Monday, November 3, 2014

Research: SANM Sanmina. Another Boring Company Which Prints Money

SANM Sanmina is I like, and it's the best kind, the boring kind. Basically, they manufacture circuit boards. They build what's behind the curtain, and most of us will never hear about them, but we definitely use their stuff. They're good at one thing. Printing lots of money. You want to pay as little as you can for a money printing machine that prints as much money as possible. Here's one of the better models. SANM was significantly below intrinsic value a little while ago, but right now, it's right at intrinsic value. Purchasing at intrinsic value has a good chance of getting you that 15% return on investment that we all need to aim for.

10-K for reference


Sanmina Corporation (“we” or “Sanmina”) is a leading global provider of integrated manufacturing solutions, components, products and repair, logistics and after-market services. They provide these comprehensive offerings primarily to original equipment manufacturers, or OEMs, in the following industries; communications networks, computing and storage, multimedia, industrial and semiconductor capital equipment, defense and aerospace, medical, clean technology (CleanTech) and automotive.

Two segments
-Integrated Manufacturing Solutions (IMS). IMS is a reportable segment consisting of printed circuit board assembly and test, final system assembly and test, and direct-order-fulfillment. This segment generated 80% of our total revenue in 2013.

-Components, Products and Services (CPS). Components include interconnect systems (printed circuit board fabrication, backplane and cable assemblies) and mechanical systems (enclosures, precision machining and plastic injection molding); Products include memory and solid state drive products from Viking Technology, defense and aerospace products from SCI Technology, storage products from Newisys and optical and RF (Radio Frequency) modules; and Services include design, engineering, logistics and repair services. CPS generated 20% of our total revenue in 2013.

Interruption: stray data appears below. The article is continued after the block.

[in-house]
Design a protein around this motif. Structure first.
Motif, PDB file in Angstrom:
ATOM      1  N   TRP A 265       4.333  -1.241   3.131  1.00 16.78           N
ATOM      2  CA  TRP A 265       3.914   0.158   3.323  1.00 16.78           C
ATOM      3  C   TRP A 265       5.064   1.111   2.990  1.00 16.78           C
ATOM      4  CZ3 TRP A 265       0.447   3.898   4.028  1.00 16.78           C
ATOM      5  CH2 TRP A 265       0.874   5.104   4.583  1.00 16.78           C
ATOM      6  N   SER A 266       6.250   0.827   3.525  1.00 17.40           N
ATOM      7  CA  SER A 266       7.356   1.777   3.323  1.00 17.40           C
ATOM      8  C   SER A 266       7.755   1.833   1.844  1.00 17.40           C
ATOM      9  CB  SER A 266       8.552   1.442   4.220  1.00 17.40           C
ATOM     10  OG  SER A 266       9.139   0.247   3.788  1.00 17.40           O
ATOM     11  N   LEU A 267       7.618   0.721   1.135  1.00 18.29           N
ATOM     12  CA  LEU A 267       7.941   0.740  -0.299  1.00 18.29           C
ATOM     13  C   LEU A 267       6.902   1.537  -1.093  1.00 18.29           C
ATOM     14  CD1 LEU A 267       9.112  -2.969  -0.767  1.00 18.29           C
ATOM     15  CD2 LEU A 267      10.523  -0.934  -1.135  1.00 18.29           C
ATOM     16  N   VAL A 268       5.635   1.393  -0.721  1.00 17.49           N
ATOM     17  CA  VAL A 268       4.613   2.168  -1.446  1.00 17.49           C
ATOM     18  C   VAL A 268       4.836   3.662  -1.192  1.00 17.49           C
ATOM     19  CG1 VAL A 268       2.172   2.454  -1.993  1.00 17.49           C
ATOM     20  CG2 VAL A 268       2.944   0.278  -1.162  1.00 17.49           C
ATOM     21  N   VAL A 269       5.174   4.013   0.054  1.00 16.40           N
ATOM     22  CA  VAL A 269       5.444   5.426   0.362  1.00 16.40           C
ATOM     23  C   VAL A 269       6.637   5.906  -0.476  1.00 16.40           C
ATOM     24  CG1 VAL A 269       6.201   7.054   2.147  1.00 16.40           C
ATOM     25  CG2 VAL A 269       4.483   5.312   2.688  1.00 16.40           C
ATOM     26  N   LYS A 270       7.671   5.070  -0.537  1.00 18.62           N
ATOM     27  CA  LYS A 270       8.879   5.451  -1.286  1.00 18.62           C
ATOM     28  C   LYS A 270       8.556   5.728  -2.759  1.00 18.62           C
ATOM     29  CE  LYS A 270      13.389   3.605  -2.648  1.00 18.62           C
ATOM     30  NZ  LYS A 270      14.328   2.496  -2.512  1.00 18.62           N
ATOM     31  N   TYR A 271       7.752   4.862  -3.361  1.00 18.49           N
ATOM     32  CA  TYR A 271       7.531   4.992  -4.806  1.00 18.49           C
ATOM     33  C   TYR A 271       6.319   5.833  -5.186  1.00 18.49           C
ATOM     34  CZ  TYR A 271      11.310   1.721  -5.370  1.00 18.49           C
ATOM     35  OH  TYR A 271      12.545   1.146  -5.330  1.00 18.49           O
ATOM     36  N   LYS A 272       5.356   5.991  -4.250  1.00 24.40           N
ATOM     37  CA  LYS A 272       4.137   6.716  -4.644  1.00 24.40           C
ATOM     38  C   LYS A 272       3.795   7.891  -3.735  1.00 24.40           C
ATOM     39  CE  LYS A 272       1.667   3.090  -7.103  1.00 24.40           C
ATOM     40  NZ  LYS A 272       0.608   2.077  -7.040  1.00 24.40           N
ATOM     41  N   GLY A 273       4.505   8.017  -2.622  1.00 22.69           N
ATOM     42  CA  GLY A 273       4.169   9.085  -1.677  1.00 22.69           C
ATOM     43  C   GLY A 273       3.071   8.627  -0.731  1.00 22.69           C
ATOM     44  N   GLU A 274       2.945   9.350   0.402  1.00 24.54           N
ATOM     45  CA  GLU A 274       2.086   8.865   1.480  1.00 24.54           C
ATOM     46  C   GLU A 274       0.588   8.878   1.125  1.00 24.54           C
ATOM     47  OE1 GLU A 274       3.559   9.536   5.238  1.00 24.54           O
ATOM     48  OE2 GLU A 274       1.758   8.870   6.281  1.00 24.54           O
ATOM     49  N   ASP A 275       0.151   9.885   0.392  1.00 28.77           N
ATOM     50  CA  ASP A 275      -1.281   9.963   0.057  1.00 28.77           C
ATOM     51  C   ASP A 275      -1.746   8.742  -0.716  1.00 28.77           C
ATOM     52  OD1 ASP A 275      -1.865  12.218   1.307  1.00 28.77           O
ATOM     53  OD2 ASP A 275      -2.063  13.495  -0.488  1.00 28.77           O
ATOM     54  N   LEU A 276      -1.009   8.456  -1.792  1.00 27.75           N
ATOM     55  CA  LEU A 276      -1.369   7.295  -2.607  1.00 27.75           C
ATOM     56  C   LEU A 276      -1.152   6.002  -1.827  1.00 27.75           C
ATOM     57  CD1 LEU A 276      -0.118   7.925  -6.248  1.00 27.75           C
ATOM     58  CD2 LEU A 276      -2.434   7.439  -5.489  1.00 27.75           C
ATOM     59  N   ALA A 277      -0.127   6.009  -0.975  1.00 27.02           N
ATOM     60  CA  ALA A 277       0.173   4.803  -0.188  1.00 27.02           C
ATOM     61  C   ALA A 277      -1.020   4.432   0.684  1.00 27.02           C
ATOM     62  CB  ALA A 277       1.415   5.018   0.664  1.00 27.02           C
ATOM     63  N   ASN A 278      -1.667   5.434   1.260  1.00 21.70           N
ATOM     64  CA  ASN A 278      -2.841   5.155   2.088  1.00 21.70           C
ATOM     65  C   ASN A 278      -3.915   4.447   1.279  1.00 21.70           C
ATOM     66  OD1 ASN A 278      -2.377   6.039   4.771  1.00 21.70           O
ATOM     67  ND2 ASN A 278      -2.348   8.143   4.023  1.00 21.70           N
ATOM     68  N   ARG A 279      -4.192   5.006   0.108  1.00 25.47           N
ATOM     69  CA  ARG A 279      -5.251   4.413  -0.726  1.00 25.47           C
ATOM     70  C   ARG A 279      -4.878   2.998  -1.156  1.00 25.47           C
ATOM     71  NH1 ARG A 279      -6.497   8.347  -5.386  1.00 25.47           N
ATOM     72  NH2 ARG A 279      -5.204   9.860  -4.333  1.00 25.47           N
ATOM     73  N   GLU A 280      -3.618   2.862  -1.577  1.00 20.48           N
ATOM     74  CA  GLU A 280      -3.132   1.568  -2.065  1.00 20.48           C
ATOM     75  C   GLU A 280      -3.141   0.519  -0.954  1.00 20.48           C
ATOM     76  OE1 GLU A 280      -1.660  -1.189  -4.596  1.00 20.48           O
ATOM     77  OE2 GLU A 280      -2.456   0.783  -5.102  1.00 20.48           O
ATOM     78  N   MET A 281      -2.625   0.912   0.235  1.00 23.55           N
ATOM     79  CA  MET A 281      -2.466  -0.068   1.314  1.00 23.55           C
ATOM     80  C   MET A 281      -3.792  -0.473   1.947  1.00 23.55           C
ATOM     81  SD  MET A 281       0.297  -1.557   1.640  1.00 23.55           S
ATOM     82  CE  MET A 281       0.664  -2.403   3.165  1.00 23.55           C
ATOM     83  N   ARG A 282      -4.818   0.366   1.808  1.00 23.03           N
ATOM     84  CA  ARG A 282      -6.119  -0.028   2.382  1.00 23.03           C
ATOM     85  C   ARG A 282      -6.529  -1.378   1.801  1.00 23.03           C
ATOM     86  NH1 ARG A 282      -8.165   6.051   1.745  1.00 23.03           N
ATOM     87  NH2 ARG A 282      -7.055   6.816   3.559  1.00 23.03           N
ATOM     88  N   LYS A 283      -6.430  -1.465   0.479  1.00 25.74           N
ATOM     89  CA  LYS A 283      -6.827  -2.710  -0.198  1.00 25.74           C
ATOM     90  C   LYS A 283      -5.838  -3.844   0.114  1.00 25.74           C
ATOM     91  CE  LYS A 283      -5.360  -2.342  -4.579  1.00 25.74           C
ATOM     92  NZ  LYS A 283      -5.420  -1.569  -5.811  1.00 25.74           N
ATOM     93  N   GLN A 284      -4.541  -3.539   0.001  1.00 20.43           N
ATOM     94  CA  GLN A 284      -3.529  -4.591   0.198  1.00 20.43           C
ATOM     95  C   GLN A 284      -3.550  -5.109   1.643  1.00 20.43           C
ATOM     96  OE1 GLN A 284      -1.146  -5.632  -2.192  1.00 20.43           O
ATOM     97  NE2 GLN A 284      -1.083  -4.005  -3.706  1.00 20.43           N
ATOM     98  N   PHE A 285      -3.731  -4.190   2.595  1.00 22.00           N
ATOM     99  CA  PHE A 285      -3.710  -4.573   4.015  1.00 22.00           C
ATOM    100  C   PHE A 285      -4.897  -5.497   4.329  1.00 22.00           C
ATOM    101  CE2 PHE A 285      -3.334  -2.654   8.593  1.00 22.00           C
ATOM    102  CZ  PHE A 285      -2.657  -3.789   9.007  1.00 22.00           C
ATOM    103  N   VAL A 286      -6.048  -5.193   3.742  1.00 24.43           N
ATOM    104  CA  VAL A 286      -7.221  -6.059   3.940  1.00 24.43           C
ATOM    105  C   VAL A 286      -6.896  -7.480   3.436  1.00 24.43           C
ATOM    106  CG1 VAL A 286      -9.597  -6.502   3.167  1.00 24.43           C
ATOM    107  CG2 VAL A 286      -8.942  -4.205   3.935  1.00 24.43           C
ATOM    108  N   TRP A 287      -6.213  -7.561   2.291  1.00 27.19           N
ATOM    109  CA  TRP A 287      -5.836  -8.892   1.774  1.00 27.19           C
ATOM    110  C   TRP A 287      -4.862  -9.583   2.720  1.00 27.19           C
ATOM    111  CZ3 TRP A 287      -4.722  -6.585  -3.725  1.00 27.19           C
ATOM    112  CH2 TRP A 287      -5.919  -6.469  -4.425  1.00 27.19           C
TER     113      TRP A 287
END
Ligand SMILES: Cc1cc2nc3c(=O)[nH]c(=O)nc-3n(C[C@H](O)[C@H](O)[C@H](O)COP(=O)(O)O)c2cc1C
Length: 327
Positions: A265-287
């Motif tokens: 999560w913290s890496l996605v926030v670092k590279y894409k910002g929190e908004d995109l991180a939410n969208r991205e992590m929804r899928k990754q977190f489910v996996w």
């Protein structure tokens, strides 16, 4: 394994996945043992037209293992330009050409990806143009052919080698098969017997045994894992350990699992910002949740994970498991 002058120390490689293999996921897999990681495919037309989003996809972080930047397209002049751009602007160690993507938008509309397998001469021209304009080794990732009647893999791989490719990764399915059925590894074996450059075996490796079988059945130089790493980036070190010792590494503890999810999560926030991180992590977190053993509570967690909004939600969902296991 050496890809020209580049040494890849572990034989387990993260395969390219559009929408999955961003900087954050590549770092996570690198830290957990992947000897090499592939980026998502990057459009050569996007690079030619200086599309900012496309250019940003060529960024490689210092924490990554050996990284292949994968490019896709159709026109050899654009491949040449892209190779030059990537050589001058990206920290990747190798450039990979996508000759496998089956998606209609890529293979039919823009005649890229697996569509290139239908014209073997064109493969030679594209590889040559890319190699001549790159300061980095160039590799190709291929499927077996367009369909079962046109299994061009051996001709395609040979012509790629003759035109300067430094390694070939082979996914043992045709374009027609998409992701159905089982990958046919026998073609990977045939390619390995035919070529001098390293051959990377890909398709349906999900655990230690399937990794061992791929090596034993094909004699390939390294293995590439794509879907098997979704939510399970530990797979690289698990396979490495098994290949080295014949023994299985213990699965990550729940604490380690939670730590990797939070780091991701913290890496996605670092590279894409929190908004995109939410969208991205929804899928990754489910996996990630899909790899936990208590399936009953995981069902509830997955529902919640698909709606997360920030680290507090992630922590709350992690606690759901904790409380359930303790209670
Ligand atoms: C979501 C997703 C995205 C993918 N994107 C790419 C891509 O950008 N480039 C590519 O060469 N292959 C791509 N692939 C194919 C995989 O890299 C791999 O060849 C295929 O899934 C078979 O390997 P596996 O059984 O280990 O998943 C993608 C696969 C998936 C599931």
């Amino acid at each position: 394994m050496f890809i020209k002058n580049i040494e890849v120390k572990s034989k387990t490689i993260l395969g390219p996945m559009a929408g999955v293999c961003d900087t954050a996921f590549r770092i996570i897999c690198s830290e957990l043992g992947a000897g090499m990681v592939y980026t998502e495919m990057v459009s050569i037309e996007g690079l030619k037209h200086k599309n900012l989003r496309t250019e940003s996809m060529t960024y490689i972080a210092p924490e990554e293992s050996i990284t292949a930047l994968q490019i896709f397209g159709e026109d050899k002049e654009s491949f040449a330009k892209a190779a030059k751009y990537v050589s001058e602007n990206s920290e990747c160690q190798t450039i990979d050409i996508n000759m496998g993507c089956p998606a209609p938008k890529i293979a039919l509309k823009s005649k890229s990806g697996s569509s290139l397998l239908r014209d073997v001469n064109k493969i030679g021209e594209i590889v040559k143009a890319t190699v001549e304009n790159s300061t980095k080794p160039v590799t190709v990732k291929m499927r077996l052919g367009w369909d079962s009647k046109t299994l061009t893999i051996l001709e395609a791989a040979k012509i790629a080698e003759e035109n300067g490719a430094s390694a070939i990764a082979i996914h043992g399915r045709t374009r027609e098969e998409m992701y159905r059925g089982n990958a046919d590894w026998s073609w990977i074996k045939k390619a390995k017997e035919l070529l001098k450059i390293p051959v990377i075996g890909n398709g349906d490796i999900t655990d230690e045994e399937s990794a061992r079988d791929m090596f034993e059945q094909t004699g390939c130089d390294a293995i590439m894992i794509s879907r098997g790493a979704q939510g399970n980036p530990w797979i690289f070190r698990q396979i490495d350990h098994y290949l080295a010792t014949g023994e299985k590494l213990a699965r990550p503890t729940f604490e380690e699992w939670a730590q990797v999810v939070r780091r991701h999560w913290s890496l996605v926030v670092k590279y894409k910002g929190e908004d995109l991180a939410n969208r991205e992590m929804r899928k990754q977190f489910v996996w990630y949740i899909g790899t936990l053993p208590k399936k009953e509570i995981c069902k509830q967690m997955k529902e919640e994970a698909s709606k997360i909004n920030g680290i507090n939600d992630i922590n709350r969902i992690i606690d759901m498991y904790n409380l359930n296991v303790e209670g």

Notable Risks
-Top 10 customers account for over 50% of net sales from 2011 to 2013
-Alcatel Lucent is more than 10% of net sales
-Seasonal business, 2nd half of year has higher sales
-Certain employees have access to, or signature authority with respect to bank accounts or other company assets. (page 27 in 10-K)

Notable Accounting Issues
-158M of valuation allowance attributable to deferred tax assets and net operating losses were released in 2013. This resulted in a large jump in net income needs to be taken into account in order to accurately estimate future earnings.
-DSO for collectibles is 55 days for 2013
-No off balance sheet arrangements
-defined benefit pension underfunded by 22M
-Only a 3.78% discount rate is used, which seems lower than peers
-No goodwill / intangibles balance

Stock Ownership
-Invesco owns about 10% of stock
-directors as a whole own 4.26%

-Modified Shareholder Equity - I've given SANM a value of 678M for their modified shareholder equity. This is calculated as the full value of cash plus a 20% haircut to their non cash assets, minus the full value of their liabilities. This is 467 + (3313 - 467) * .8 - 2066 = 678. This compares to the Shareholder equity of 1246M on their balance sheet and gives a significant margin of error.
-Value of profitability - I've given SANM a value of 1460M for their ability to generate money. SANM has a free cash flow of about 219M in the most recent year. By turning this into a perpetuity using a 15% discount rate, we get 219 / .15 = 1460.
-Intrinsic value - The intrinsic value is the value of equity plus the value of profitability, which is 678 + 1460 = 2138M

-Intrinsic value per share - $25.40.  The calculated intrinsic value per share with the embedded 15% discount rate and a 20% discount on assets is 2138 / 84.15 = $25.40. This is a very conservative estimate to accommodate a reasonable margin of error and compares with the current market price of 25.12.

-I currently hold a long position from Oct 3rd at $20.97


  1. Hi mate.

    You have 0 growth in DCF.

    Are you just building in safety?

    1. That's right, it's to help create a margin of safety. Most of my estimates assume 0 growth, so that the valuations that I get are reasonably conservative, even when I'm wrong.

    2. Thanks RI,

      Keep posting, it's a good website.

      Liked your take on income disparity btw!